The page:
• Select appropriate ‘SIG/Station’> Data Years> Annual Filter set for fire season> Select ‘Fires’> ‘Fire Analysis’> Large Fires (Acres):8> Multi Fire Day (Fire):3> Select ERC from the drop down> Check the ‘Conditional Probability Analysis Fire Days Only’ box>
  • Close the ‘Cumulative Fires Analysis’ Window. Looking at the ‘Fires Probability Analysis’ you can see when large fires start to take off as illustrated by the magenta line with the open square (Large Fire Day). When the data indicates an increase in occurrence of large fires, this is the point at with the threshold should be placed. Click directly on the pink square to view the value. The X-value in the bottom right hand corner of the screen in the ERC threshold value that will be recorded in FDOP. In order to verify this threshold value:
  • Select ‘View’> ‘Decision Points’> In the ‘Class Lower Limits’ window delete all but two of the threshold classes> Make Class 1 and value of ‘0’ and Class 2 the threshold X-value> Select ‘Apply’
  • In the ERC Percentile Graph the threshold line should be drawn a the point in which the large fire data starts to rapidly increase.
  • In the ERC Probability Graph directly below, the threshold line should be drawn through the data point that you clicked before, which is the point at which large fires start to increase.
  • If the threshold line is not drawn at the necessary position on the graphs adjust the threshold value in the ‘Class Lower Limits’ window to determine the appropriate preparedness threshold value.
  • Complete this process for all FDRAs and record the appropriate threshold value in the Preparedness Level chart.

###Pocket Cards###

A pocket card must be created for each FDRA, which will display the three largest fires.

For the Inland FDRA, instead of using the largest fires by acreage we used the top three most well known fires in San Luis County. This is because these fires are the events that resonate with the SLU.

  • Select ‘Weather’> ‘Pocket Card’>
  • Fire Danger Area: ‘Inland FDRA’
  • Area Locator Bitmap is located: X://projectdata>master_data>Inland.bmp
  • Years to Remember: 1950 – Present
  • Area Locator Bullets:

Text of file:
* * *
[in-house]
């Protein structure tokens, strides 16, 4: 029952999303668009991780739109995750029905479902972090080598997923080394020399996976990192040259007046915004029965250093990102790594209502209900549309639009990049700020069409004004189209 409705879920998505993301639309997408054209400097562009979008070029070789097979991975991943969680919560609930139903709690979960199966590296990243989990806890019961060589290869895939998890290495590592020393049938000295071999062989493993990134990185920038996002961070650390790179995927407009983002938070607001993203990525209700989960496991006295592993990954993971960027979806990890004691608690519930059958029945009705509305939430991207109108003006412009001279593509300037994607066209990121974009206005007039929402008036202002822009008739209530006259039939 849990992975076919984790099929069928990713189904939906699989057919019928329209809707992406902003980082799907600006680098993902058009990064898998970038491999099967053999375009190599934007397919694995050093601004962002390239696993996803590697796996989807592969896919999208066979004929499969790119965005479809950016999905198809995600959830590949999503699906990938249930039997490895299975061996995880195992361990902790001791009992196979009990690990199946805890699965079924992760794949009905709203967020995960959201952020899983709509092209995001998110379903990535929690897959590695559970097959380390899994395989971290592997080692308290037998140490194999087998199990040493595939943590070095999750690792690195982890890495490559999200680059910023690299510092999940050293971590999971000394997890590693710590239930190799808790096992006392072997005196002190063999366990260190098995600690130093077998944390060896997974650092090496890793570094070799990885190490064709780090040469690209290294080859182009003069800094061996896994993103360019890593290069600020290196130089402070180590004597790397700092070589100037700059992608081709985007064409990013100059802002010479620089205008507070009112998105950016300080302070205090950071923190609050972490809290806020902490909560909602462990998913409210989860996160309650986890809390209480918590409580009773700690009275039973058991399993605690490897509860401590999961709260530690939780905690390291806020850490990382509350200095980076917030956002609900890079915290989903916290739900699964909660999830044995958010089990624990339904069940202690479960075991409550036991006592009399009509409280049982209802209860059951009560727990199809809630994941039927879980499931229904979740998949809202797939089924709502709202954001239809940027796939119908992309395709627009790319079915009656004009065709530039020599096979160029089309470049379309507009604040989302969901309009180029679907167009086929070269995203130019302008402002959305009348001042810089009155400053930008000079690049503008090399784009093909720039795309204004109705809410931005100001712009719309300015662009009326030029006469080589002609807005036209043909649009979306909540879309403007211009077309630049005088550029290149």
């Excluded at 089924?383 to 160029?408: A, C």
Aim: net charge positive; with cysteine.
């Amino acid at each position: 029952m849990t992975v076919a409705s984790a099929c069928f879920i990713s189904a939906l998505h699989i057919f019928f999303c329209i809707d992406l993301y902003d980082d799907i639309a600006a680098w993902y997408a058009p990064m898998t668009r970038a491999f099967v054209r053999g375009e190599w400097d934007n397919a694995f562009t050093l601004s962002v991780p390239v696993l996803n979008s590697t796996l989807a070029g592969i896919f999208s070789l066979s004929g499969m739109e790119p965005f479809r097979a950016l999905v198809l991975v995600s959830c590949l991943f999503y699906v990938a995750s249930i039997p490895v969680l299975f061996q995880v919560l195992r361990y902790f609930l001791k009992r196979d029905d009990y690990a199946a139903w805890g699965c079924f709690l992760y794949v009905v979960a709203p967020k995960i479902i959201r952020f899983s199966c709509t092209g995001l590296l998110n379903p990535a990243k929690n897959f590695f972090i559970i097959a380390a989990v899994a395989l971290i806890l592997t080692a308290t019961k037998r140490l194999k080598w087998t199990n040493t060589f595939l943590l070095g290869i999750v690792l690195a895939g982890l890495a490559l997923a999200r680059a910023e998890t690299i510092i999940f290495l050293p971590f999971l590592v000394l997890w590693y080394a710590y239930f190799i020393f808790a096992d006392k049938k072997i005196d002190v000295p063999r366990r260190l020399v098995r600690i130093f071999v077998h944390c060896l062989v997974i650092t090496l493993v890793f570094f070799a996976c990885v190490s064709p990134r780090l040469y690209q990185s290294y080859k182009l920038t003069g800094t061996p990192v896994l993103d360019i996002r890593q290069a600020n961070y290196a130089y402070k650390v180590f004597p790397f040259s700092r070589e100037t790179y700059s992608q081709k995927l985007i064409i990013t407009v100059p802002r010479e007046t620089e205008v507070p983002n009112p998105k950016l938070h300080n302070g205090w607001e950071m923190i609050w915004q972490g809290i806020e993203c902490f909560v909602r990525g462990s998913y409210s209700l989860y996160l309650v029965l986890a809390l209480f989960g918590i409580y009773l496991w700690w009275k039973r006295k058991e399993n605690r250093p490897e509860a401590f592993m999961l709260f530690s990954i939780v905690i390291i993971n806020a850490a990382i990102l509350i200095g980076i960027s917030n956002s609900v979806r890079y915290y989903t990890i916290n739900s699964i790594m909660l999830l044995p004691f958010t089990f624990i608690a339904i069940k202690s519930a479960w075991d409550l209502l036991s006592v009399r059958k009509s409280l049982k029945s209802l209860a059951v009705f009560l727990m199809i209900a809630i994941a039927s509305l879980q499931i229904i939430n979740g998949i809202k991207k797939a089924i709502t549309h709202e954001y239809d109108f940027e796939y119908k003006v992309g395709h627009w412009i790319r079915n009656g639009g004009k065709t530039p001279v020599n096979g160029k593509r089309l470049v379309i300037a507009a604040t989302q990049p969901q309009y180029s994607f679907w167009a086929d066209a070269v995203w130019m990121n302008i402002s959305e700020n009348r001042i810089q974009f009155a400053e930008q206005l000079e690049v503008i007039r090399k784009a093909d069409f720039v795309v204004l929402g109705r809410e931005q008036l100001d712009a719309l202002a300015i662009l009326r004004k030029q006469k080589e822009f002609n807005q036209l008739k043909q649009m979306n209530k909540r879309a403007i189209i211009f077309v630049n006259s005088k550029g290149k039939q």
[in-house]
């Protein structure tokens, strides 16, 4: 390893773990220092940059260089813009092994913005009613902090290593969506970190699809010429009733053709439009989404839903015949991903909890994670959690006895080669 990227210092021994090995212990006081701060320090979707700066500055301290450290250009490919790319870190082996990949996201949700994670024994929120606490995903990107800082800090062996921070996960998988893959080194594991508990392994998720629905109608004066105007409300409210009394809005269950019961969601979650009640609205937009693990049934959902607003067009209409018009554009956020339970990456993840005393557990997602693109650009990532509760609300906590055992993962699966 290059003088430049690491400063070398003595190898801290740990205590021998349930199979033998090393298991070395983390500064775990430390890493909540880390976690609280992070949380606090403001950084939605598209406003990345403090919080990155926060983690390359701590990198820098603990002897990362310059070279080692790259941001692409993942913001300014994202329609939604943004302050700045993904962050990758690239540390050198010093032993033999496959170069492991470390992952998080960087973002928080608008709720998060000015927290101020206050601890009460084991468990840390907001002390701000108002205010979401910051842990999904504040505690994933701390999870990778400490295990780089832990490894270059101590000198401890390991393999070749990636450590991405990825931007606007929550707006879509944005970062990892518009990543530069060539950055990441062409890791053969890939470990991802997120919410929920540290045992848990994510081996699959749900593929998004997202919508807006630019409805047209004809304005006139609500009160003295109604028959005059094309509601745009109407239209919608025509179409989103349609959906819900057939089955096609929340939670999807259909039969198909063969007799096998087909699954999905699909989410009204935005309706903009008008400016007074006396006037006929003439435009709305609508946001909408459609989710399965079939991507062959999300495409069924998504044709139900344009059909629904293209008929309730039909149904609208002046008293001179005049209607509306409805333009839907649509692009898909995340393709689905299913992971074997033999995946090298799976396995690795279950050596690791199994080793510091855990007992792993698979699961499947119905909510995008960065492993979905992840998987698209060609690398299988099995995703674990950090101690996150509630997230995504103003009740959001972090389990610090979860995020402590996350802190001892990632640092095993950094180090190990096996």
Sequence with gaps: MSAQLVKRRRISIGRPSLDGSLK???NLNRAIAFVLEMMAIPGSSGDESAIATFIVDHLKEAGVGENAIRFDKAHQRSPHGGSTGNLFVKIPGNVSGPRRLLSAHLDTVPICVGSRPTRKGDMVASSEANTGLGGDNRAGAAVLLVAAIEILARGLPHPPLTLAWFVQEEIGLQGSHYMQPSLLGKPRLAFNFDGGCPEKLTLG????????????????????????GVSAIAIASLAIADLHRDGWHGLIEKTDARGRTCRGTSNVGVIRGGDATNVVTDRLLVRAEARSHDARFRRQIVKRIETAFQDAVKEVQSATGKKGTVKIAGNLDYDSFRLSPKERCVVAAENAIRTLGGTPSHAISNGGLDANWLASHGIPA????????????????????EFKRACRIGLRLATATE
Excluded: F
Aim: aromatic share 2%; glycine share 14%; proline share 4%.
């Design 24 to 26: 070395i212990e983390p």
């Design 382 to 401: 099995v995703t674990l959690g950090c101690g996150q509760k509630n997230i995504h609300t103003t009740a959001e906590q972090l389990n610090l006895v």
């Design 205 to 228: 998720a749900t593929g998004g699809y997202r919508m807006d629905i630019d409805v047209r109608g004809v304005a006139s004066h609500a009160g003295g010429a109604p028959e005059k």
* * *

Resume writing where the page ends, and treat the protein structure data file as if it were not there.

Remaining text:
• Line 1 – Interior Valley
    • Line 2 – Las Tablas RAWS
    • Line 3 – La Panza RAWS


Fire Name Date
. 7/1/1985
. 8/18/1994
. 8/15/1996

Fire Name is left Blank or replaced with '.' because the symbology is cluttered and not legible on the graph. Once the graph is complete, Photoshop/edit the names in. (I did so using paint)

Past Experience Text:

  • Pilitas 1 fire 7/1/1985 burned 84,271 acres
  • Highway 41 fire 8/18/1995 burned 50,729 acres
  • Highway 58 fire 8/15/1996 burned 33,094 acres

This bit of text can be typed into the Pocket card window. All other descriptive text and the logo was edited using paint. Unless a fire occurs that exceeds one of these three major fires, these are the fires that are to be displayed on the Inland Pocket Card. The Coastal FDRA pocket card displayed the top three largest fires in that FDRA.

The bit map for each FDRA is already created: X://projectdata>master_data>Coastal.bmp

Under the ‘Fire Danger Area’ enter in the region (i.e. coastal or inland), the RAWS located in the region.

###Updating the FDOP Annually###

  • Enter in all fire and weather records for the past year to your master data & master weather spreadsheets.

  • Run the above statistical graphics to produce new charts. These charts shouldn’t change too drastically unless there were exceptionally large or small fires, or drastically hot or cold days.

    • Fire Occurrence Graphs will need to be updated. All descriptive text and percentages need to be adjusted accordingly.
  • Climatology Graphs of Temperature and Rainfall. These can be obtained from:

  • Tables in the FDOP that may need to be updated depending on new data include:

    • 10 Largest Fires Recorded in the Inland FDR
    • Historic Fires for Reference Depicted on the Inland FDRA Pocket Card
    • 10 Largest Fires Recorded in the Coastal FDRA
    • Historic Fires for Reference Depicted on the Coastal FDRA Pocket Card
  • If the information in the station catalog in WIMS changes or is updated a new screenshot should be included in place of the current. If the conditions of the RAWS change, it should be noted in the ‘RAWS Site Description and Photos’ section. All pocket cards in the appendix need to be updated.

###Cause Code Conversion Chart###

CDF Cause Code Description Federal Cause Code
0 Unknown 9
1 Undetermined 9
2 Lightning 1
3 Campfire 4
4 Smoking 3
5 Debris Burning 5
6 Arson 7
7 Equipment Use 2
8 Playing w/ Fire 8
9 Miscellaneous 9
10 Vehicle 2
11 Railroad 6
12 Powerline 2

(Obtained from CAL FIRE intranet)